Dear Recycling Bins... We are trying to cut down on the amount of waste we throw away, but our local council doesn’t recycle food waste. We throw a lot of food away, despite our best efforts. A friend mentioned that they compost their food waste at home. Is composting at home possible when you live in a small property that doesn’t have much of a garden?
Thank you for your question. Your friend is right, composting is one of the most effective ways to reduce waste. The good news is, composting at home is still possible even if you don’t have much of a garden.
The benefits of composting at home
- If you compost your food waste, you can recycle vegetable scraps, coffee grounds, fruit peels, newspaper, and more. This means they don’t end up in a landfill site.
According to WRAP, UK households throw away 4.5 million tonnes of edible food every year. This food ends up on landfills sites where it decomposes and emits greenhouse gases like methane.
- Composting your food waste will also help you reduce the amount of waste you throw away. It will also help keep your kitchen bins smelling fresher for longer. The mixing of organic and non-organic waste slows down decomposition and causes nasty odours.
- It will also help nourish your soil whether you have a garden or just a few planters or window boxes.
Composting at home: Getting started
If you have a garden, choose a corner where you can collect ingredients like leaves, kitchen scraps, and other organic waste. Keep adding to your pile and it will decompose over time. If you don’t like the idea of having a random pile of waste in your garden, invest in a bin to store it in. The key thing with compost is to keep it moist and keep turning it over.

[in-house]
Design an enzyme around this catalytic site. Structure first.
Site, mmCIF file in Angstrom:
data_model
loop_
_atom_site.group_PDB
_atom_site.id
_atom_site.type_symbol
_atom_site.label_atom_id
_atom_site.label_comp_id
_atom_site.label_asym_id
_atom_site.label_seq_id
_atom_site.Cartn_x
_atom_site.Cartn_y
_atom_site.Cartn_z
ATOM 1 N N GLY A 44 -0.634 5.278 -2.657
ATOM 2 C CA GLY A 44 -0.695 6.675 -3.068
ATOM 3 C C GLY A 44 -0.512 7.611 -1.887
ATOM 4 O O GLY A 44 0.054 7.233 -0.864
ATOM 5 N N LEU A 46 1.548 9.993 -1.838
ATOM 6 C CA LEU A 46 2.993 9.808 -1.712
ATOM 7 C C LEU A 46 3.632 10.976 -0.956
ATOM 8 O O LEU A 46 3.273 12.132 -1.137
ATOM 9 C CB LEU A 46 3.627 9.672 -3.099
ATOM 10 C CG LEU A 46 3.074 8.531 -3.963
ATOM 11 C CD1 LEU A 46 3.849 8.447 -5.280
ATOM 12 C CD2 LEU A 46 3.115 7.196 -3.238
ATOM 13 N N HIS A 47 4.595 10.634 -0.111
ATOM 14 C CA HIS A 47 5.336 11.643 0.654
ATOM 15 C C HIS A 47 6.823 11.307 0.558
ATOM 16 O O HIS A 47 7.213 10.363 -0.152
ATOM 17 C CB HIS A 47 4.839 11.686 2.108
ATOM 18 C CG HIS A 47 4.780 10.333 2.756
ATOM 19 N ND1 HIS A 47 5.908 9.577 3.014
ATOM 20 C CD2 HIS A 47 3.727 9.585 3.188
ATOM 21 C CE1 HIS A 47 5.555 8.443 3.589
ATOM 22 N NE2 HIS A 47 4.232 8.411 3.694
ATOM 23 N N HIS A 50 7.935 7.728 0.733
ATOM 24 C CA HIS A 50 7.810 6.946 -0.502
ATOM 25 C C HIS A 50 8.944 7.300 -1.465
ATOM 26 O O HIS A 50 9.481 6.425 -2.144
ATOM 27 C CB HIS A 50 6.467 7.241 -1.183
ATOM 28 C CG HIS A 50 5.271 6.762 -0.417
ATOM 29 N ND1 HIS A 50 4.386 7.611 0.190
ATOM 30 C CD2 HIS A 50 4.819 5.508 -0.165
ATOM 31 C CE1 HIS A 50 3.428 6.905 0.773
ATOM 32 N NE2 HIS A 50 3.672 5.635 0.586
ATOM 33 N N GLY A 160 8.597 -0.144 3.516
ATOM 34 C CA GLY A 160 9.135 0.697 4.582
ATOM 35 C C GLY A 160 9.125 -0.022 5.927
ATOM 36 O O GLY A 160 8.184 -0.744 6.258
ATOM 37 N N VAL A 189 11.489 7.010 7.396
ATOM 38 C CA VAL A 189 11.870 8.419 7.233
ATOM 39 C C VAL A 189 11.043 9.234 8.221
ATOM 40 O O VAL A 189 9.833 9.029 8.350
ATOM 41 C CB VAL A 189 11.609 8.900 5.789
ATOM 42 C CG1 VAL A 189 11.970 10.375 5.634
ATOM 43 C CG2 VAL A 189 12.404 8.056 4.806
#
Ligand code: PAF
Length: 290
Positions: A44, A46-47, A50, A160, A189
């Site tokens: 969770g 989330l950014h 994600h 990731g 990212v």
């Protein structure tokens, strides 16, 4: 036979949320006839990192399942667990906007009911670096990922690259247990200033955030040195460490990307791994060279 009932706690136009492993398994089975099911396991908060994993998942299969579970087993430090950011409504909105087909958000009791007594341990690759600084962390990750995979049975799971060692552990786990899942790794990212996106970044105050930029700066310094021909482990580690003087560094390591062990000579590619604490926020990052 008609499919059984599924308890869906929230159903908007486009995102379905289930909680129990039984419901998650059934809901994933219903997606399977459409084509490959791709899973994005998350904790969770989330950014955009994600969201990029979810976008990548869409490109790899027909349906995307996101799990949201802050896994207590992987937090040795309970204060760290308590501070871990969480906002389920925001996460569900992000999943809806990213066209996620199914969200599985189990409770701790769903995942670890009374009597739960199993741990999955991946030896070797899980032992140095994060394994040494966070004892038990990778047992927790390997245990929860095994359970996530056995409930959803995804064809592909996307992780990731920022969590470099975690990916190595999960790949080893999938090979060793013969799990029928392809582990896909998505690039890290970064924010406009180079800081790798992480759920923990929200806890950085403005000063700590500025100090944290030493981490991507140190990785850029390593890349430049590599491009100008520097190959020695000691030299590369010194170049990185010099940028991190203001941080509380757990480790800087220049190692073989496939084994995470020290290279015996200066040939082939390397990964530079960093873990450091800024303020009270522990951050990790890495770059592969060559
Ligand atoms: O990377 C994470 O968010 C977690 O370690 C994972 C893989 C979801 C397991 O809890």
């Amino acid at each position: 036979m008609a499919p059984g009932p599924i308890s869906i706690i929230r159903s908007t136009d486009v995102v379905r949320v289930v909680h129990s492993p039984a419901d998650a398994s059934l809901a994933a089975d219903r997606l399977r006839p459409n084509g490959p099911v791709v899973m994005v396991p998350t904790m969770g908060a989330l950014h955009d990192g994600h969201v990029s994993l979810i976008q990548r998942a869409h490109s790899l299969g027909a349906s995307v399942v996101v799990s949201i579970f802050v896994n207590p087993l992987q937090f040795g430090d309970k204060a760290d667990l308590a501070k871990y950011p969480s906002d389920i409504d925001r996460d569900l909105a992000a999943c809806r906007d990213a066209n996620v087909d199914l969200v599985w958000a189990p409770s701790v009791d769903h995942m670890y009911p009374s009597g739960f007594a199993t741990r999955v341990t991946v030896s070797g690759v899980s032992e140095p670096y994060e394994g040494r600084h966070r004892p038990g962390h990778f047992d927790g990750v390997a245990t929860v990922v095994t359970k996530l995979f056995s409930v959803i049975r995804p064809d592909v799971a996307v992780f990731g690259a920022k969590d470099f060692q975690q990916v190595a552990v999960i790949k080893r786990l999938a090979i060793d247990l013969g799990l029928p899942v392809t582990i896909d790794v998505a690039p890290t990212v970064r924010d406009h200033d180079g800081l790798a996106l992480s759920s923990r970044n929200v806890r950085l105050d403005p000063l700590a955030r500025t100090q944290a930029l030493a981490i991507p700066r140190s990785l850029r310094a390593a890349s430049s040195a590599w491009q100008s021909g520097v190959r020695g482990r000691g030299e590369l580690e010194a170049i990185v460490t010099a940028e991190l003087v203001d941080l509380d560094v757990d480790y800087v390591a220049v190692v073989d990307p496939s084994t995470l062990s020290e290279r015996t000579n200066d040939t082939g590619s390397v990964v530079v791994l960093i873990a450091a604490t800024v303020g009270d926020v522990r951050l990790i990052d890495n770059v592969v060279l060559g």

When the waste has broken down, spread it on your flower beds and lawn. You can also use it to top up potted plants to give them some extra nutrients.
What to do if you have too much!
If you don’t have much outdoor space, invest in a food waste caddy for your kitchen. It can sit on your worktop and most models have a filter to prevent odours. When the caddy is full, you can try taking the waste to:
- A local compost site: Some garden centres have them and you’ll usually find that your organic waste is welcome.
- Your local farmers market: Farmers will often be happy to take compost off your hands.
- A community garden or allotment: Your composting at home efforts will always be appreciated if you take your waste along to add to their compost pile. You can always lend a hand with the community garden too. If you don’t have a garden of your own, it can be a nice way to do some good, get some fresh air and exercise, and meet people.
We hope we’ve given you some inspiration on how you can reduce waste and start composting at home.
If you’d like more tips and interesting articles, check out the rest of our blog.